I got 32 copies of Dead Aggies Don’t Drive Trains from the local print shop last Wednesday. It was supposed to be fifty, but the printer wasn’t satisfied and wanted to work on one of his machines before he did the rest. I only got the ones that passed inspection. I like working with people like that. Now there are two paper versions available: one on-line, and one from yours truly.
I also finally figured out how to upload to Nook. A couple of posts back discussed Amazon’s offer that would have kept me from doing so.
A local grocer has obtained enough petition signatures to force a referendum on a zoning change that allows Meijer to build a store in town. I was on the City Council that approved the change. Although I’m no fan of box stores, there is something called restraint of trade. If you tell a business you won’t let them do something that is allowed by law, and especially if you let a similar business do the same thing a few years earlier, you are restraining trade. In this case, the similar business was Wal-Mart. Yes, it was hard on smaller stores. Some people dislike Wal-Mart so much, they’ll drive twenty miles to a Meijer store in another town to do their shopping.
The grocer contends that Meijer will kill downtown stores and run other businesses out, reducing local tax revenue from newly vacant properties. South Haven used to have four grocery stores. This grocer eventually wound up owning three of them and closed the two within the city limits (including one downtown). He expanded the remaining store right outside the city limits where taxes are lower, and included a bakery, pharmacy, coffee shop, video store, and gas station with its own convenience store, pizza and sub shop, oil change and car wash. All of these compete against similar businesses that he doesn’t own, and now at least some of them will compete against Meijer unless the referendum passes.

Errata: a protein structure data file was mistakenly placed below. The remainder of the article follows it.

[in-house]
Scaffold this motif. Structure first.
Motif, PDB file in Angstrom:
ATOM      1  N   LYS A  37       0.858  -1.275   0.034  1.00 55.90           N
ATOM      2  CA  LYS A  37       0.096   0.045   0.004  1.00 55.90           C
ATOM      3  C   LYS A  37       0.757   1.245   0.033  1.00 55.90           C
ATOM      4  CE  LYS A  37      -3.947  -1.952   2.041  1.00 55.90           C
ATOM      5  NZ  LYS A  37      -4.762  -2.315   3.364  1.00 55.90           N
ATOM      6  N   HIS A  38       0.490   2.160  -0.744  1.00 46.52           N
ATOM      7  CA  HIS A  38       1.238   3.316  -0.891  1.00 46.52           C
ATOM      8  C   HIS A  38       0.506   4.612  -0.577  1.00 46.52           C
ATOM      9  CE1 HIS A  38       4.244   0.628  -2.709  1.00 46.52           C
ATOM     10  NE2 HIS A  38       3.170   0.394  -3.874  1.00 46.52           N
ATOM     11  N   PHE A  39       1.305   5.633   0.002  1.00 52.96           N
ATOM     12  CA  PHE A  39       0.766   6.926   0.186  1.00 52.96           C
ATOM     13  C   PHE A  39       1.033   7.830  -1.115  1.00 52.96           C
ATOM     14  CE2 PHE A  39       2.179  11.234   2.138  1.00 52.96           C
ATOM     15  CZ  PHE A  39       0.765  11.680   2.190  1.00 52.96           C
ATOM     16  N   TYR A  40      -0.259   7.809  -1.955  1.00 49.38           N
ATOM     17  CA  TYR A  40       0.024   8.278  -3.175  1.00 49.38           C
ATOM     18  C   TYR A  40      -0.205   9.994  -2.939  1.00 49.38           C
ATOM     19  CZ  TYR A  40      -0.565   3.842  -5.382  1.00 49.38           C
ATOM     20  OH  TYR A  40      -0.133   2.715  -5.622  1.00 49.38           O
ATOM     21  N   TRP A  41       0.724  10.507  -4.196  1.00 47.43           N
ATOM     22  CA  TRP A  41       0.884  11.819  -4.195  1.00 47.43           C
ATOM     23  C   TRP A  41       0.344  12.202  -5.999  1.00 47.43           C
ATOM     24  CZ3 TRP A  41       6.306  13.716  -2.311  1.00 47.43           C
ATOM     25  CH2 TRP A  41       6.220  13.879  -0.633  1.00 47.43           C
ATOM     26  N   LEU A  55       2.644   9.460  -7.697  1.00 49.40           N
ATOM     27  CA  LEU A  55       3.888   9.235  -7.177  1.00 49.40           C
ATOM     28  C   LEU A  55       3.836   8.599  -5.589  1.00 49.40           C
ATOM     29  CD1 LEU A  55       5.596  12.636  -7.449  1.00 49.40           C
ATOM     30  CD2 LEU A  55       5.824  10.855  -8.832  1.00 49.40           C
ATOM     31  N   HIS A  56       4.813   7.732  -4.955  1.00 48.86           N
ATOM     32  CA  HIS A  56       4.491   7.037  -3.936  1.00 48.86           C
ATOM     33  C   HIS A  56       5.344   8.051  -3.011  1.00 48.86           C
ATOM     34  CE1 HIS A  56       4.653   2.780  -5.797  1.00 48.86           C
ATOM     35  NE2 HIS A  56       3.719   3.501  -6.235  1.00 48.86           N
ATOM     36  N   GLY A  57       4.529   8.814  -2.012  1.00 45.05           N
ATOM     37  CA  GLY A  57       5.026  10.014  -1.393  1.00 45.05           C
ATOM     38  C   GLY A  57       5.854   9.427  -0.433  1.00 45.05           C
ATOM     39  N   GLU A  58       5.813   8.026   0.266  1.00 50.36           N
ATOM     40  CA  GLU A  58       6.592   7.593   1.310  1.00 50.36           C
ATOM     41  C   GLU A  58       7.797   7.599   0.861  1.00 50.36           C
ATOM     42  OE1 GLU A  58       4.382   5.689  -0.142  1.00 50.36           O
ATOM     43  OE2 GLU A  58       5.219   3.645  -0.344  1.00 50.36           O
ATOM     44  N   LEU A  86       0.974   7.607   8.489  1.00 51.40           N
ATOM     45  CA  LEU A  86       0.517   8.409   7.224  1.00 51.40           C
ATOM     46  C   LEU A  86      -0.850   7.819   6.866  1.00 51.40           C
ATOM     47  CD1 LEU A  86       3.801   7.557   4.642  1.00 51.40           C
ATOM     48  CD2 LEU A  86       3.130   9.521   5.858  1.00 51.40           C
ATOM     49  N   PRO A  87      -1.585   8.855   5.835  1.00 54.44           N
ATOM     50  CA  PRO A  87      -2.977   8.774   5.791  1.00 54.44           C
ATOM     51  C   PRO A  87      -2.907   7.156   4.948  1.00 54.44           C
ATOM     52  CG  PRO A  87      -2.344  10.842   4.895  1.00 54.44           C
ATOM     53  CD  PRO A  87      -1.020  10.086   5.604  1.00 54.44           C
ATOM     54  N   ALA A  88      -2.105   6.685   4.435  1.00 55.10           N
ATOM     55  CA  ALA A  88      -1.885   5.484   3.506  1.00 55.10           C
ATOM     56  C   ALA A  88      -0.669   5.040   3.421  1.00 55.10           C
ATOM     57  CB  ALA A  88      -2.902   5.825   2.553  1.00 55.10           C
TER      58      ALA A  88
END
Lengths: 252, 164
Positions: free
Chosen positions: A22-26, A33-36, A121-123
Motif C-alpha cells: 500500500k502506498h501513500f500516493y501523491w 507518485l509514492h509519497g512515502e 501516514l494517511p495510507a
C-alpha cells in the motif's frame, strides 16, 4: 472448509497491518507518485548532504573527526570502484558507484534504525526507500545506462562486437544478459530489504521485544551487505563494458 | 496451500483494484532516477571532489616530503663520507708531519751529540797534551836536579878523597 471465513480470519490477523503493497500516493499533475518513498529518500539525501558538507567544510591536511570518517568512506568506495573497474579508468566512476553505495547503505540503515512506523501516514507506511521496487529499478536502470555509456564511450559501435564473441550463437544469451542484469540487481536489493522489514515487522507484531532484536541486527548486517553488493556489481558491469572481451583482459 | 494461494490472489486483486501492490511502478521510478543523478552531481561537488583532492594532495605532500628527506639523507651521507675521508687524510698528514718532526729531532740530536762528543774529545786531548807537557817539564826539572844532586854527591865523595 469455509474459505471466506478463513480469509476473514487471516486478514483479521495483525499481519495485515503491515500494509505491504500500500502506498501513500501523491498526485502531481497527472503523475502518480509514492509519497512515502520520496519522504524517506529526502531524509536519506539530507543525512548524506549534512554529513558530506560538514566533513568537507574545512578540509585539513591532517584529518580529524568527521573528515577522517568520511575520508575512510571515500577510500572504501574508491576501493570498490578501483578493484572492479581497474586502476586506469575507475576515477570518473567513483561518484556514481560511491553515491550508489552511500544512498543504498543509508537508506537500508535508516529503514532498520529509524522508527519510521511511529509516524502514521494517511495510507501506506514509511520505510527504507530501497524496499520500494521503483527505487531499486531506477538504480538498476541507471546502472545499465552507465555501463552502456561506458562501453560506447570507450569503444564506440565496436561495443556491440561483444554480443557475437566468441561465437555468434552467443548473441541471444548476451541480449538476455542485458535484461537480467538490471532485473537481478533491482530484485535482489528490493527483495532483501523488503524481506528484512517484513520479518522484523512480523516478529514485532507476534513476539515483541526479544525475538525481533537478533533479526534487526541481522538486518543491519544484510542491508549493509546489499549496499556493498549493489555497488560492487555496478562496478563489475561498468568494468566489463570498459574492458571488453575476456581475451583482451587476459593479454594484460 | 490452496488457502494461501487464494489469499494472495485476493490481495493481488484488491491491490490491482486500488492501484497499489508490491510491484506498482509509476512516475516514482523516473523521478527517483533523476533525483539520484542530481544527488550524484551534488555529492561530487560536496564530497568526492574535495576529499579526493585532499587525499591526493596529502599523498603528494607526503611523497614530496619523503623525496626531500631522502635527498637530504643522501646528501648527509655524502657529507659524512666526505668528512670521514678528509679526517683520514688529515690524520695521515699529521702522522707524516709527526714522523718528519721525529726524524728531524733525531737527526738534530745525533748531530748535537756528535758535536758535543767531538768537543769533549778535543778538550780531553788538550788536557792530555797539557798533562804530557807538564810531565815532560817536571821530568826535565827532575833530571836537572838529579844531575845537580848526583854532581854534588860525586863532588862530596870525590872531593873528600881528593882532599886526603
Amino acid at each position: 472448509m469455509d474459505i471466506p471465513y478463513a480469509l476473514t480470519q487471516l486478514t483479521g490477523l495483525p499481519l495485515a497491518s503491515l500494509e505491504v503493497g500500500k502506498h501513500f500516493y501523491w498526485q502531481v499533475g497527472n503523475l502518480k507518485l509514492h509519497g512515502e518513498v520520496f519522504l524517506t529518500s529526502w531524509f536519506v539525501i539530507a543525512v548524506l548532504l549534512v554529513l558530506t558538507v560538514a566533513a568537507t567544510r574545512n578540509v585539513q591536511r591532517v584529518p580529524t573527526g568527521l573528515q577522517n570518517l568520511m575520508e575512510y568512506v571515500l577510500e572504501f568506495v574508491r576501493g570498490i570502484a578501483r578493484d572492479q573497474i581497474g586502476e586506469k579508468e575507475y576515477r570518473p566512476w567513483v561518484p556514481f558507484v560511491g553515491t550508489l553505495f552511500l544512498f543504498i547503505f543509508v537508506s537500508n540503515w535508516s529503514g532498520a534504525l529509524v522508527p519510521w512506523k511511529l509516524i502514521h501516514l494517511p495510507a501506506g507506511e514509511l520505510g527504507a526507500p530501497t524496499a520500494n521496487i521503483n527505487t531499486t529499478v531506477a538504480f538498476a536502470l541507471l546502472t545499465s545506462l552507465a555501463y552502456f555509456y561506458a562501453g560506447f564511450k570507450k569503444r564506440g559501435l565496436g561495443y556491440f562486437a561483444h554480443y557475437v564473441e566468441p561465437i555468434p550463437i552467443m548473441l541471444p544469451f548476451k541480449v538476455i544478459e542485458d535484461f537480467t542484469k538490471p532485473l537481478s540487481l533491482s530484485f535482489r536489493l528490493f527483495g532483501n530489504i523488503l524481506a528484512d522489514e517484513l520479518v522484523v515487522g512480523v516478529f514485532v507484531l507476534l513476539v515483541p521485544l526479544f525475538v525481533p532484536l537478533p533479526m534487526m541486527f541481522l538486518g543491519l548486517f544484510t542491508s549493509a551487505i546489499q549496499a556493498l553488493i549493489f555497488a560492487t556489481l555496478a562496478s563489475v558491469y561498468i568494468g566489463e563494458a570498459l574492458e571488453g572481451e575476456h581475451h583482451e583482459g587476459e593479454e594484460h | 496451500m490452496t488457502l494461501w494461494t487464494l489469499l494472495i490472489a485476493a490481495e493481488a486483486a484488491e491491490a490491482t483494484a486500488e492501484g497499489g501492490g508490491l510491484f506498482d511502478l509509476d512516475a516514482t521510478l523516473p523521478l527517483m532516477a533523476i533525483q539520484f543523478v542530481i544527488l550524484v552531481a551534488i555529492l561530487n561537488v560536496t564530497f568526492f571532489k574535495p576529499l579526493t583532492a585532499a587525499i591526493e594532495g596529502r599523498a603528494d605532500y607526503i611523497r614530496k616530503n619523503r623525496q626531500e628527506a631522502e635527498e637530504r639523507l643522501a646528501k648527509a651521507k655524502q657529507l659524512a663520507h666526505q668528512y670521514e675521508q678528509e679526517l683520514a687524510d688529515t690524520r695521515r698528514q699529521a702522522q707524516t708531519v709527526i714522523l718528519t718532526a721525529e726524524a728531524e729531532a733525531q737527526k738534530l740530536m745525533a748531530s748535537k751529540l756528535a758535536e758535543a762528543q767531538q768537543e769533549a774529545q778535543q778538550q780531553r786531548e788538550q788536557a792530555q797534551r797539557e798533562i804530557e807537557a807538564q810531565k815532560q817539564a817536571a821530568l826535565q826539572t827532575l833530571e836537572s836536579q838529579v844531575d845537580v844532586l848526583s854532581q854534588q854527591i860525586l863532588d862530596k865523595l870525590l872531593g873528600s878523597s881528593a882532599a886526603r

He has a nice store, and I expect we will continue shopping there. However, we buy most of our bread, meat, and produce directly from local farmers. My coffee beans come from a downtown shop that buys directly from Honduran farmers at a higher than fair trade rate, and from other fair trade sources. Directly purchased Nicaraguan coffee also is locally available. Our last Thanksgiving dinner was nearly 100% local, except for milk and tea. I don’t expect a new Meijer to change those spending habits.
The grocer is a nice guy and supports the community. He gave one of his vacant properties to the hospital, and they converted it into a top-notch wellness and rehabilitation center that helps keep them in the black. That was not good news for some of the smaller health clubs.
Where does one draw the line? Maybe one doesn’t.